What things feel like.
I’m pissed off about the press. Not the news press - I gave up on that scaremongering nonsense years ago - the music press. I rarely read it these days, but as a musician I’m forced to engage with it all the time.
Little Fish is working on the second album, so we’re going to be releasing things soon. And when you release something you have to do the press thing. You have to find the angle. What will make the press write about you? The usual options (Triumph Over Childhood Adversity, Mental Illness And/Or Drug Addiction and Sleeping With Celebrities) won’t really work for us. Eventually we’ll find a catchy way of telling our story and when we do, we’ll hopefully be lucky enough to get some reviews.
I’ve been thinking about this recently too. The obsession with angle, which is different from story, you know? I studied politics at (an American) university, so I basically studied spin. I had one class where we would do practice press conferences. We would field questions from our peers about a made-up thing. We would stop sometimes to consider: what’s the angle here? They call it narrative, story, but it’s not deep like story. “When I think about it, all the music I’ve ever loved is by people I know, either as a friend or a fan,” Ben writes. And that means something. These days a lot of what I listen to, too - maybe 75% of it - is music that’s been made by people I know (including Ben and Miriam). And maybe that’s because I happen to know a lot of talented people (which I think I do) but I think really it’s because of the shared history (however tenuous it might be - in some cases very tenuous indeed). The real story (not the angle, not the spin) is in the overlap between your life and their music.
I didn’t believe in this before I moved to Oxford, by the way. I had sort of given up going to see live bands. I knew a lot of people in high school and at university who looked at music as something exclusive, which is the opposite of what it is to me. And it was exhausting to try to keep up with what was cool (but, in true hipster tradition, not too cool!) and to stand in big crowded rooms in Cambridge and Somerville sweating next to girls with legwarmers (they had a brief and weird resurgence around the time I started college) and boys with striped polo shirts and sweatbands (maybe it was just a particularly sporty period for wannabe-indie fashion). Music became sterile, a little competitive. But then I moved to Oxford and started listening to people I knew (or sort of knew, or who knew people I knew) sing and play guitars and hit drums and stamp on loop pedals. And that changed things.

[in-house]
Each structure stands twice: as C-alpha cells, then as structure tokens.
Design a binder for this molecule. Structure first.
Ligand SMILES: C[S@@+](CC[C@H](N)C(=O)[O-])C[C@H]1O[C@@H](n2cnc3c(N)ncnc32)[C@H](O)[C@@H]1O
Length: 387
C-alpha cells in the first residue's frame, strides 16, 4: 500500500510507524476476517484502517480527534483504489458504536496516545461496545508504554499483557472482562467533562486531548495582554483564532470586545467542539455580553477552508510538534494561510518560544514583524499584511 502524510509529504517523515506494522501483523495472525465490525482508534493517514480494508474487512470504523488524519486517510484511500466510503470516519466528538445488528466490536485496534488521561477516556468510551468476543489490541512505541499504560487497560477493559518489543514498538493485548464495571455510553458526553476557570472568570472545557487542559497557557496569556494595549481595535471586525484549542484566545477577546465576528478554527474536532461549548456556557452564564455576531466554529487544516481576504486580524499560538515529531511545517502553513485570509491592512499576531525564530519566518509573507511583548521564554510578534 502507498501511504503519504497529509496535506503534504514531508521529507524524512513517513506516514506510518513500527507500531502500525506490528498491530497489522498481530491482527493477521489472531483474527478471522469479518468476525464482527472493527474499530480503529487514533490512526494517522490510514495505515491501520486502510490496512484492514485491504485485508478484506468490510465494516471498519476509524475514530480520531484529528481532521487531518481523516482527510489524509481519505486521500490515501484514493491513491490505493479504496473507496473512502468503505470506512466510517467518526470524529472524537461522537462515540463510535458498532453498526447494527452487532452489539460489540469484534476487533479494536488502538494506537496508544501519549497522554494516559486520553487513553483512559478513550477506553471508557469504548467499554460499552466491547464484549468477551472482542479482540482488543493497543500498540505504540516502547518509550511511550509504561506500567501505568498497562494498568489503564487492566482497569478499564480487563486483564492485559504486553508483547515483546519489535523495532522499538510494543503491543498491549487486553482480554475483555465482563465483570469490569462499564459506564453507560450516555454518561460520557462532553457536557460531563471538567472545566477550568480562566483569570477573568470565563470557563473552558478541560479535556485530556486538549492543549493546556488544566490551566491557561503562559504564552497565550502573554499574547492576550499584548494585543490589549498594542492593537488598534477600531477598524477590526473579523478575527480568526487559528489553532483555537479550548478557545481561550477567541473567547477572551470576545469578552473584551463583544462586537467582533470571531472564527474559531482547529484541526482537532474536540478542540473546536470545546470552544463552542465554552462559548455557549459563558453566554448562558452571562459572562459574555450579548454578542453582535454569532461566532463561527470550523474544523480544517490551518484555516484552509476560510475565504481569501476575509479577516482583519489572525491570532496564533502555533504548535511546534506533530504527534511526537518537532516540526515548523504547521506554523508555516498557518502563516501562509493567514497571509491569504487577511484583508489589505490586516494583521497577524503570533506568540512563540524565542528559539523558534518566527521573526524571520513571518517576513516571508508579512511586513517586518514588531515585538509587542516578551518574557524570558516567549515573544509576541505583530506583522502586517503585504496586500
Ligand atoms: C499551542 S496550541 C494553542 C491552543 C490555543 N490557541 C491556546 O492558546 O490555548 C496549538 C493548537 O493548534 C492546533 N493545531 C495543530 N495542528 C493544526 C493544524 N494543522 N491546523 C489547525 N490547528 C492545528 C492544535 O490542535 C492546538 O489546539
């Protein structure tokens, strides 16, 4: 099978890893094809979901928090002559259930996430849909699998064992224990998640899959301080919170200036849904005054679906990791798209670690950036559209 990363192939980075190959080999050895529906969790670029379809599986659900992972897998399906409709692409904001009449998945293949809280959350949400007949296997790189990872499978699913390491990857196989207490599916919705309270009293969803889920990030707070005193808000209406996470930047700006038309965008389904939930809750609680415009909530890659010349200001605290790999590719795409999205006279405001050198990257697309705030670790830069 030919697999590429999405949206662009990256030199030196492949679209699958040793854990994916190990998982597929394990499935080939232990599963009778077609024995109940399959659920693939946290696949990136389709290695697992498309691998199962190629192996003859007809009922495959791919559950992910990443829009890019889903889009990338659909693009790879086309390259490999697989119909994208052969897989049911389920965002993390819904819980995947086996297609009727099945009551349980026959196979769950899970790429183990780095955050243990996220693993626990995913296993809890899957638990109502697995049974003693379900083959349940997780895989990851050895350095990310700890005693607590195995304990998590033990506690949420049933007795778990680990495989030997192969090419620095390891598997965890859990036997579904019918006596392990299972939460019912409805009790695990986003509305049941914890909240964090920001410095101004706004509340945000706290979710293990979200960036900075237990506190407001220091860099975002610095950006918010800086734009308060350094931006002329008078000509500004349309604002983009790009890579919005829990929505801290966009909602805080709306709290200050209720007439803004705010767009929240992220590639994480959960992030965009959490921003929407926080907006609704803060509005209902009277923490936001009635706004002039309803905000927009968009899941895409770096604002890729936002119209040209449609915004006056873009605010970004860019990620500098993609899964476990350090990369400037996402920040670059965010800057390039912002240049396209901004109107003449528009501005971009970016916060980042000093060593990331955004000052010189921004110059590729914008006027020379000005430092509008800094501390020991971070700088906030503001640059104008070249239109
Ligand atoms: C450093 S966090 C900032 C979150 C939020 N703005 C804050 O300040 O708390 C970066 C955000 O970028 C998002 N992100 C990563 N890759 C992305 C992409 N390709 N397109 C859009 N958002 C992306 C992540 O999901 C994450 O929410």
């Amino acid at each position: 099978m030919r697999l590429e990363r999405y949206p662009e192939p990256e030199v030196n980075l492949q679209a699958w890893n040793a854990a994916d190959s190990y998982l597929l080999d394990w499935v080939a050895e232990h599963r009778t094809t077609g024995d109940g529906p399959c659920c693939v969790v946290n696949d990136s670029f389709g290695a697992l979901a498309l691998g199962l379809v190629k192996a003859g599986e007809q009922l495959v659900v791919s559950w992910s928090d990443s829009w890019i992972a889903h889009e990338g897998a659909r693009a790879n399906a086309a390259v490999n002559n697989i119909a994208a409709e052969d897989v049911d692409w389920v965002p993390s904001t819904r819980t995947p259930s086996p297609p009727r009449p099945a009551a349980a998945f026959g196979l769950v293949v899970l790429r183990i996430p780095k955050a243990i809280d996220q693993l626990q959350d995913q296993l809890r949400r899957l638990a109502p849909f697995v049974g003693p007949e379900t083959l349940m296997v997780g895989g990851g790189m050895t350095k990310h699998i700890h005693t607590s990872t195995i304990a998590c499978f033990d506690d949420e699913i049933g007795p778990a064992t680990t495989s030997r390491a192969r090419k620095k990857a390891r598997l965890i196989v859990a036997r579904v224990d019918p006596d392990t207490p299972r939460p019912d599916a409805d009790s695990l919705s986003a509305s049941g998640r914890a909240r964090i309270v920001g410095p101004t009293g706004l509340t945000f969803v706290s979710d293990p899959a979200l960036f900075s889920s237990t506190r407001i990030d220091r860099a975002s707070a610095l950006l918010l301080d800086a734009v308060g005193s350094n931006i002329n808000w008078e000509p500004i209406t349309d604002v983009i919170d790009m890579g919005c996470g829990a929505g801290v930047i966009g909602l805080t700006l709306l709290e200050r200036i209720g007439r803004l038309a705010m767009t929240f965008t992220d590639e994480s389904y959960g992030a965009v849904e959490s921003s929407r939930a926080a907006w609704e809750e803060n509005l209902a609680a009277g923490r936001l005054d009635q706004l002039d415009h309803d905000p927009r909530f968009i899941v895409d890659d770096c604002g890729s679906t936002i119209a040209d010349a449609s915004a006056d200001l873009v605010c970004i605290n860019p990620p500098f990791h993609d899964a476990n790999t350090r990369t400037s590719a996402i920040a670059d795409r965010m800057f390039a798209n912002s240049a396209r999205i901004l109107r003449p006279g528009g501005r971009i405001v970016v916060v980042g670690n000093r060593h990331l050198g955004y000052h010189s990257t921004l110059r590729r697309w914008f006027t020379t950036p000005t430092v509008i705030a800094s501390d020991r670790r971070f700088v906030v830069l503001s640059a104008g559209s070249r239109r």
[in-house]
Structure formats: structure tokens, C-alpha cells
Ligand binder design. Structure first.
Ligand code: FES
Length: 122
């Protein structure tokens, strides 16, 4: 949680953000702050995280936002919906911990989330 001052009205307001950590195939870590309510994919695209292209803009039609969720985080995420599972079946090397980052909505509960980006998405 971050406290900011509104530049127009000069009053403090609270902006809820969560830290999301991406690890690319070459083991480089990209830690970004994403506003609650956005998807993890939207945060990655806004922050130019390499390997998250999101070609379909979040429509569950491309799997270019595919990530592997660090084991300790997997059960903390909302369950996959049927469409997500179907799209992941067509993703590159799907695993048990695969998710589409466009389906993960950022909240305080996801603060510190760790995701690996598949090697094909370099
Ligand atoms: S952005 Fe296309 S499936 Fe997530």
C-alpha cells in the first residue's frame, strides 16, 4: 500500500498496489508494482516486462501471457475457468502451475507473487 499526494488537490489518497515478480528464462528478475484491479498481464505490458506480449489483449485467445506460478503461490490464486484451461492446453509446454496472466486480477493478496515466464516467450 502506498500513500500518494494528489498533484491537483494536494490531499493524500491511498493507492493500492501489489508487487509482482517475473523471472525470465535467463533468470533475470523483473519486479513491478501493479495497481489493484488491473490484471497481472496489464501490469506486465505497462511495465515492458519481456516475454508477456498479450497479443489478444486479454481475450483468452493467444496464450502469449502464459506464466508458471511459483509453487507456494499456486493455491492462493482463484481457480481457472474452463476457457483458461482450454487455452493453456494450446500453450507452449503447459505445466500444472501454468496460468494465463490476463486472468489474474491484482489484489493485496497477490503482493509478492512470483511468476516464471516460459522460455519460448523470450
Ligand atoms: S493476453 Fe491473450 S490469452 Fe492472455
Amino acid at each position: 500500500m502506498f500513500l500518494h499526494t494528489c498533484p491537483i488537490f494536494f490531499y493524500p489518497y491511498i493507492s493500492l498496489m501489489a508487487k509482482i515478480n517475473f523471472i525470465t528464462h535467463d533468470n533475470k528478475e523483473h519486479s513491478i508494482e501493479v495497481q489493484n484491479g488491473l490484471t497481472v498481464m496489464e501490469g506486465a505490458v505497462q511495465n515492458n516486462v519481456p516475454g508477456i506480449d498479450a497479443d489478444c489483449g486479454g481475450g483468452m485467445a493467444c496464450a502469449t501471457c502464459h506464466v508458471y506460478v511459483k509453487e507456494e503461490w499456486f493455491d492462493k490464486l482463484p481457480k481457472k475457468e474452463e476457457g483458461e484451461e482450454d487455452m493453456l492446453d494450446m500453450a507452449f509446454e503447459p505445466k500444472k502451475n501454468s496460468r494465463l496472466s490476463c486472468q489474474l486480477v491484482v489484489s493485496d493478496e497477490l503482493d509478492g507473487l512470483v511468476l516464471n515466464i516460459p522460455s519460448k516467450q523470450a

I guess maybe what I’m saying is that there’s music that you listen to and then there’s music that you interact with, in whatever way happens to work for you: you interact with it emotionally maybe, you contribute to or become part of its ongoing narrative.
The problems always start when we have to deal with The Industry.
These things will make your songs more likely to be played on the radio. This money will make sure you don’t miss an opportunity, but it won’t guarantee it. This gig will increase your profile within the perceived record-buying…
He smiled, “Why, you will go home and then you will find that home is not home any more. Then you will really be in trouble. As long as you stay here, you can always think: One day I will go home.” He played with my thumb and grinned. “N’est-ce pas?”
“Beautiful logic,” I said. “You mean I have a home to go to as long as I don’t go there?”
He laughed. “Well, isn’t it true? You don’t have a home until you leave it and then, when you have left it, you never go back.”
“I seem,” I said, “to have heard this song before.”
“Ah, yes,” said Giovanni, “and you will certainly hear it again. It is one of those songs that somebody, somewhere, will always be singing.
I always wanted to learn to sail, but only because boats are so pretty.